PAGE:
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Papers of the Week

Papers: 30 Jul 2022 - 5 Aug 2022

2022 Jul 27

Brain Behav Immun

Adolescent ethanol drinking promotes hyperalgesia, neuroinflammation and serotonergic deficits in mice that persist into adulthood.


Khan KM, Bierlein-De La Rosa G, Biggerstaff N, Selvakumar G P, Wang R, Mason S, Dailey ME, Marcinkiewcz CA
Brain Behav Immun. 2022 Jul 27.
PMID: 35907582.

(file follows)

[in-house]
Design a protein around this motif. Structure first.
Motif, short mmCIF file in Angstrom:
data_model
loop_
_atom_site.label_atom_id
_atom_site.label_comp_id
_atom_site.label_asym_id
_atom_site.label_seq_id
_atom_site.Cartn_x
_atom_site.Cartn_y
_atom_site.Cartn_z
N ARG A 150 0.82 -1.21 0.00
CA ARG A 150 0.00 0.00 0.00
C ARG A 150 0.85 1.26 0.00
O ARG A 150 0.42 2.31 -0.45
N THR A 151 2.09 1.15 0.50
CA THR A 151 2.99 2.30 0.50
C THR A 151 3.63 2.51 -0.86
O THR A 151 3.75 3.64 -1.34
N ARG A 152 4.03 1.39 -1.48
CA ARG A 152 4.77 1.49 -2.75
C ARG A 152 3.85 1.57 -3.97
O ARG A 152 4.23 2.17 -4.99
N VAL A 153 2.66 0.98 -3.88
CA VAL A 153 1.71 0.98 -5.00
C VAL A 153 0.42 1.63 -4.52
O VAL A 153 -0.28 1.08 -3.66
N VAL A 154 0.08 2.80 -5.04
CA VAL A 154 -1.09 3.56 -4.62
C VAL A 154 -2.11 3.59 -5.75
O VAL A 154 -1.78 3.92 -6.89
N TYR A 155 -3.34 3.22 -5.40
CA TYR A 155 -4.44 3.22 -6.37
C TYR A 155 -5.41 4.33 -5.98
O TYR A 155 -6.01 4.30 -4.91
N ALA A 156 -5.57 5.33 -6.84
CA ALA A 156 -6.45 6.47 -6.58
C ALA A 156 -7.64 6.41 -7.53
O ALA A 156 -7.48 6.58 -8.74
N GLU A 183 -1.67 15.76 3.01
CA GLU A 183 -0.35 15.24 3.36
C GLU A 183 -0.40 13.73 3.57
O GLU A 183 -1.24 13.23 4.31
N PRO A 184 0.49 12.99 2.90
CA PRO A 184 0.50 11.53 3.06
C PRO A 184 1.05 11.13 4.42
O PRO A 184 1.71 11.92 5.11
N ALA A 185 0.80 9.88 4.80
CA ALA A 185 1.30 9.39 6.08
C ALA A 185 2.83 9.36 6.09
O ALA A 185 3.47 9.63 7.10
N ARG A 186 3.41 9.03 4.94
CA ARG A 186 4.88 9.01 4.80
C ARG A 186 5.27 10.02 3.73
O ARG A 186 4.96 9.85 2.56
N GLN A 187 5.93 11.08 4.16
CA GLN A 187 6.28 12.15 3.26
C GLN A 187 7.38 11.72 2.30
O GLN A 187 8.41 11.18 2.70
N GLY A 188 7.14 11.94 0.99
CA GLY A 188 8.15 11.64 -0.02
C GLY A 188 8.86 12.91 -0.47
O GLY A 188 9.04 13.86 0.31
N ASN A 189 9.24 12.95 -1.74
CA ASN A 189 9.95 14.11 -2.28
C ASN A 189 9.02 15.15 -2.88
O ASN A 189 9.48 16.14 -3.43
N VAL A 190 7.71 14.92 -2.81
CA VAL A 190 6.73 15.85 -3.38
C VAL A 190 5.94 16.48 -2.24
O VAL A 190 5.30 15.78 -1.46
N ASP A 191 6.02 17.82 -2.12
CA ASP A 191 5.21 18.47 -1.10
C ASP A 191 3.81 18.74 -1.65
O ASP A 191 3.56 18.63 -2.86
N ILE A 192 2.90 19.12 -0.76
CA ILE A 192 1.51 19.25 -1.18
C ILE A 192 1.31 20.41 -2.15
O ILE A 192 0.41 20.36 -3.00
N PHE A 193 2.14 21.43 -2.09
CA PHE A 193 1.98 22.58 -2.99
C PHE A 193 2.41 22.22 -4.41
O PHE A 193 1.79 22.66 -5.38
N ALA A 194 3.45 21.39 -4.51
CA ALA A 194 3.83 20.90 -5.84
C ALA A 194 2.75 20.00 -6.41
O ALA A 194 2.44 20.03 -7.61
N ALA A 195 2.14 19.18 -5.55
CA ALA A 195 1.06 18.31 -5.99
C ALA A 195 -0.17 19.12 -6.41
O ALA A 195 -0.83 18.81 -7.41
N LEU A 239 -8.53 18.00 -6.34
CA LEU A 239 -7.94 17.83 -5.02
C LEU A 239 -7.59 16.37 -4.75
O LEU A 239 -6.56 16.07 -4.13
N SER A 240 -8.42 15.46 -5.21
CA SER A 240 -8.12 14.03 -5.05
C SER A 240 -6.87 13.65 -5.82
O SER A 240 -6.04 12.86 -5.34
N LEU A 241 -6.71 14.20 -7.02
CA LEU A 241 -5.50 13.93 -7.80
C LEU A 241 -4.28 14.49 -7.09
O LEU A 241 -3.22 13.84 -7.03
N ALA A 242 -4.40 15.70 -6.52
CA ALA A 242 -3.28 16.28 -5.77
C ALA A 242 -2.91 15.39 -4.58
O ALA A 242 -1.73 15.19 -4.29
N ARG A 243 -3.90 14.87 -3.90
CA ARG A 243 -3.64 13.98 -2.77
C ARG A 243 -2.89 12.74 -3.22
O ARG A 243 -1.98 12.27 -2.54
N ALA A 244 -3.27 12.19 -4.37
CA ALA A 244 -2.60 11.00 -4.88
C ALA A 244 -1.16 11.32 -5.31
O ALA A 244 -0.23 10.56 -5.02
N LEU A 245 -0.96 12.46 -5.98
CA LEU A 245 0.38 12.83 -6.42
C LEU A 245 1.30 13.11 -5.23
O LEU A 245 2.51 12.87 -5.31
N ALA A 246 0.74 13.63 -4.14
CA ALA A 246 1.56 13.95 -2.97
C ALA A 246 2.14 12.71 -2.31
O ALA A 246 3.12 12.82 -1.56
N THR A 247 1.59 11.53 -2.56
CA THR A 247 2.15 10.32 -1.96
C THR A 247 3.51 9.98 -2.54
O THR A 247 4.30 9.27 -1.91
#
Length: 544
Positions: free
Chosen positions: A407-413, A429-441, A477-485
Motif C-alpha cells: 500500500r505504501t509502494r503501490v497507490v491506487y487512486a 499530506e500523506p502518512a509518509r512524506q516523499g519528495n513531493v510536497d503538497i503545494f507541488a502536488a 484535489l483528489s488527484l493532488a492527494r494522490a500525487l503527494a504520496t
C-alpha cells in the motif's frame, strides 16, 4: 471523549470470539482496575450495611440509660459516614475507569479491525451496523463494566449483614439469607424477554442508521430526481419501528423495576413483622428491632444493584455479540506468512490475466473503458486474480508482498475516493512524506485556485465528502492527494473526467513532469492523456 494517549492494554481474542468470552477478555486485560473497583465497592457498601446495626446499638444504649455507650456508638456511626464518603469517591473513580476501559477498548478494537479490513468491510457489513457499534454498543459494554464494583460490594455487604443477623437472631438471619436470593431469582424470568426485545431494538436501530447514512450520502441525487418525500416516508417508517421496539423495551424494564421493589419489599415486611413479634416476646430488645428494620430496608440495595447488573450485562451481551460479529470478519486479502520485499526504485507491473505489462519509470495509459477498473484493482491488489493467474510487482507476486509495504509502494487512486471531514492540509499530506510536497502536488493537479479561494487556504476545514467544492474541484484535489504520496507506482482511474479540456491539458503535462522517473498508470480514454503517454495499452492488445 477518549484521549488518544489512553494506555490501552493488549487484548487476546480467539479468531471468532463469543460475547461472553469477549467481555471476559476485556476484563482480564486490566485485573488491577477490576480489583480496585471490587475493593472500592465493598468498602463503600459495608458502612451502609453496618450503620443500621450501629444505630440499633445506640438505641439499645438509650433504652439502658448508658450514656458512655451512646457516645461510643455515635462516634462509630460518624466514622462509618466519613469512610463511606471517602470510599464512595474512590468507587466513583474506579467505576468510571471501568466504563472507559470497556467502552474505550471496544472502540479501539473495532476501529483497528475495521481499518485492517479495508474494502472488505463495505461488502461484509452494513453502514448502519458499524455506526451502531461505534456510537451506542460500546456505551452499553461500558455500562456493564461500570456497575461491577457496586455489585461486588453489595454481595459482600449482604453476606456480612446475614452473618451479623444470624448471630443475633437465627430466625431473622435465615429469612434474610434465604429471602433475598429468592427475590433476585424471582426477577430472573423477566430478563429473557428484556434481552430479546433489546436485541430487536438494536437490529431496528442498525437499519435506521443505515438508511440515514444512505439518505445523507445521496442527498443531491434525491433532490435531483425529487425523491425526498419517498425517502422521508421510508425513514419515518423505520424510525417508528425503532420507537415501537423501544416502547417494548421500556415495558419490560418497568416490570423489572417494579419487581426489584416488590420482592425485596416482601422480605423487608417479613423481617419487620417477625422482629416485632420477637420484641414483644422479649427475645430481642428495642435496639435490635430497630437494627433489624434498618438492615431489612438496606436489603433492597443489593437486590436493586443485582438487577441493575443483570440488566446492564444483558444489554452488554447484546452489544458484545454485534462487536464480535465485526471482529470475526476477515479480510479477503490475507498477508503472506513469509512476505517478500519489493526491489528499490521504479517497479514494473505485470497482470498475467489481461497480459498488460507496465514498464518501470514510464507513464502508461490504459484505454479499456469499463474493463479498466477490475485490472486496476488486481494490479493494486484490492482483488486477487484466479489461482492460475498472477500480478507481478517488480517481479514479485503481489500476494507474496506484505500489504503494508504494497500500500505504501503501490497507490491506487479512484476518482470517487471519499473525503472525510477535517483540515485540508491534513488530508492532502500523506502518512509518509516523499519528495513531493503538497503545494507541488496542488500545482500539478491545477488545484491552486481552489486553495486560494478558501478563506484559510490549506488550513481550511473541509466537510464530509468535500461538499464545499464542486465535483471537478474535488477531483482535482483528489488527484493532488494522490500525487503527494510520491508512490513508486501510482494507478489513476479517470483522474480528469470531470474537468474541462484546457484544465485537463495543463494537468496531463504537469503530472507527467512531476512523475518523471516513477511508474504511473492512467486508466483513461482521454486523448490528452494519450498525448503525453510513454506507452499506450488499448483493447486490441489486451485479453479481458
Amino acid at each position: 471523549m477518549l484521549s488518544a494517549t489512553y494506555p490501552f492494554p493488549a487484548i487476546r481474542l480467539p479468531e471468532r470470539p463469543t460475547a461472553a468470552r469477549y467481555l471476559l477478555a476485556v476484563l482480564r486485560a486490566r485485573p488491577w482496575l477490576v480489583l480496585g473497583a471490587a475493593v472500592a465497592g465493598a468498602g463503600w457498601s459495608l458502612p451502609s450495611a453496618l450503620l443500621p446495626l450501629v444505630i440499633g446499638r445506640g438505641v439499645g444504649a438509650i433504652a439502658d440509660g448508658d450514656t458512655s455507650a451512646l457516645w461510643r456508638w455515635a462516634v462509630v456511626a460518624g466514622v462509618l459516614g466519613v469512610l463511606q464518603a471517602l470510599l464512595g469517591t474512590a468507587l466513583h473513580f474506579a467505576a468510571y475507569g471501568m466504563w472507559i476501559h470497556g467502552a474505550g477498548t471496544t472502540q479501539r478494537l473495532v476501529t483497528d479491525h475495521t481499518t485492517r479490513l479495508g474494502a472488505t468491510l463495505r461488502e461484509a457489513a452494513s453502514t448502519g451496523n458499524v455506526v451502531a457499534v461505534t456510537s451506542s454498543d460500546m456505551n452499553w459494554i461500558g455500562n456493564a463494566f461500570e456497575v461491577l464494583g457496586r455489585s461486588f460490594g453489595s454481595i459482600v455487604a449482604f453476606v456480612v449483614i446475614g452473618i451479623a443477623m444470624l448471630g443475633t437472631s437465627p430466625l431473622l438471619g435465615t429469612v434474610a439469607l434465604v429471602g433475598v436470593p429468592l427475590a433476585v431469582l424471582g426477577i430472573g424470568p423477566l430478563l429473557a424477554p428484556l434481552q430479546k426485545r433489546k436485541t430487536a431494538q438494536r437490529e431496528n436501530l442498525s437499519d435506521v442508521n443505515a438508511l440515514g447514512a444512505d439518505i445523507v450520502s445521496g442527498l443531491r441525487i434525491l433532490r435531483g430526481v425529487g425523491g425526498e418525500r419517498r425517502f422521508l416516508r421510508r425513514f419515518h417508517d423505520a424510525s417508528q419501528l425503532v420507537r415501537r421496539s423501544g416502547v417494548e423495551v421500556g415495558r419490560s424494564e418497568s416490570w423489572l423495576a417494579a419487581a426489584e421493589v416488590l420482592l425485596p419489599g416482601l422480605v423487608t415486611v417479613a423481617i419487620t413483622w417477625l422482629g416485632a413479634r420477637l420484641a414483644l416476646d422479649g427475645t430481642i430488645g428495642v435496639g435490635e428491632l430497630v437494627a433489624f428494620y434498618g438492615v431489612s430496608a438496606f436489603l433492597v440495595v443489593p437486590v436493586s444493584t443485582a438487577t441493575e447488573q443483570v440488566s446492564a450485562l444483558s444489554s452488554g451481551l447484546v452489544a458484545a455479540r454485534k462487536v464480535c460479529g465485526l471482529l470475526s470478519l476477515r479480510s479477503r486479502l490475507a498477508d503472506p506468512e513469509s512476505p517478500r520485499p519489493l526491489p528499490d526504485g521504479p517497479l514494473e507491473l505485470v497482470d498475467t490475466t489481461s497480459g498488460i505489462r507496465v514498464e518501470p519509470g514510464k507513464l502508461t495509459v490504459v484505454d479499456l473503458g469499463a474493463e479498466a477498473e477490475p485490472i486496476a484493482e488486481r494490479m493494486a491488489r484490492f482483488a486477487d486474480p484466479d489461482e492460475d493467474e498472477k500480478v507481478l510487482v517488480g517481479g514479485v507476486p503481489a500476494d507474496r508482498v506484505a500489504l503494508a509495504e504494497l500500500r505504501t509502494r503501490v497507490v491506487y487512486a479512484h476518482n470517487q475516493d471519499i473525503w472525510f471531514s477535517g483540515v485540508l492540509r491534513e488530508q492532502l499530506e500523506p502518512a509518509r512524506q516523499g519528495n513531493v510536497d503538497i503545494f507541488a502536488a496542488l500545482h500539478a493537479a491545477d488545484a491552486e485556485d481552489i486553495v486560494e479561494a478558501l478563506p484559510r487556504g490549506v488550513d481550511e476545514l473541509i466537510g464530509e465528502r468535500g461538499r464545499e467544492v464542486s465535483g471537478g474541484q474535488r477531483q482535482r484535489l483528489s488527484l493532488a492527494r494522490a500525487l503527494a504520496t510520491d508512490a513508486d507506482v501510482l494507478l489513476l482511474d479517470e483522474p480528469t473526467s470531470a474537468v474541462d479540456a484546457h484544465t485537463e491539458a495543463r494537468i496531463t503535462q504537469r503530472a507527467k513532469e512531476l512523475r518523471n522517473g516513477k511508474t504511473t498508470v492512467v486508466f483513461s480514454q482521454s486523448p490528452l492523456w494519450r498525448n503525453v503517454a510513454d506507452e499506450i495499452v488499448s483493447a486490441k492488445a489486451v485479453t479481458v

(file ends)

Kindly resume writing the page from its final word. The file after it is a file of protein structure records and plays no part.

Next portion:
Adolescent alcohol use can permanently alter brain function and lead to poor health outcomes in adulthood. Emerging evidence suggests that alcohol use can predispose individuals to pain disorders or exacerbate existing pain conditions, but the underlying neural mechanisms are currently unknown. Here we report that mice exposed to adolescent intermittent access to ethanol (AIE) exhibit increased pain sensitivity and depressive-like behaviors that persist for several weeks after alcohol cessation and are accompanied by elevated CD68 expression in microglia and reduced numbers of serotonin (5-HT)-expressing neurons in the dorsal raphe nucleus (DRN). 5-HT expression was also reduced in the thalamus, anterior cingulate cortex (ACC) and amygdala as well as the lumbar dorsal horn of the spinal cord. We then found that chronic minocycline administration after AIE alleviated hyperalgesia and social deficits, while chemogenetic activation of microglia in the DRN of ethanol-naïve mice reproduced the effects of AIE on pain and social behavior. Chemogenetic activation of microglia also reduced tryptophan hydroxylase 2 (Tph2) expression and was negatively correlated with the number of 5-HT-immunoreactive cells in the DRN. Taken together, these results indicate that microglial activation in the DRN may be a primary driver of pain, negative affect, and 5-HT depletion after AIE.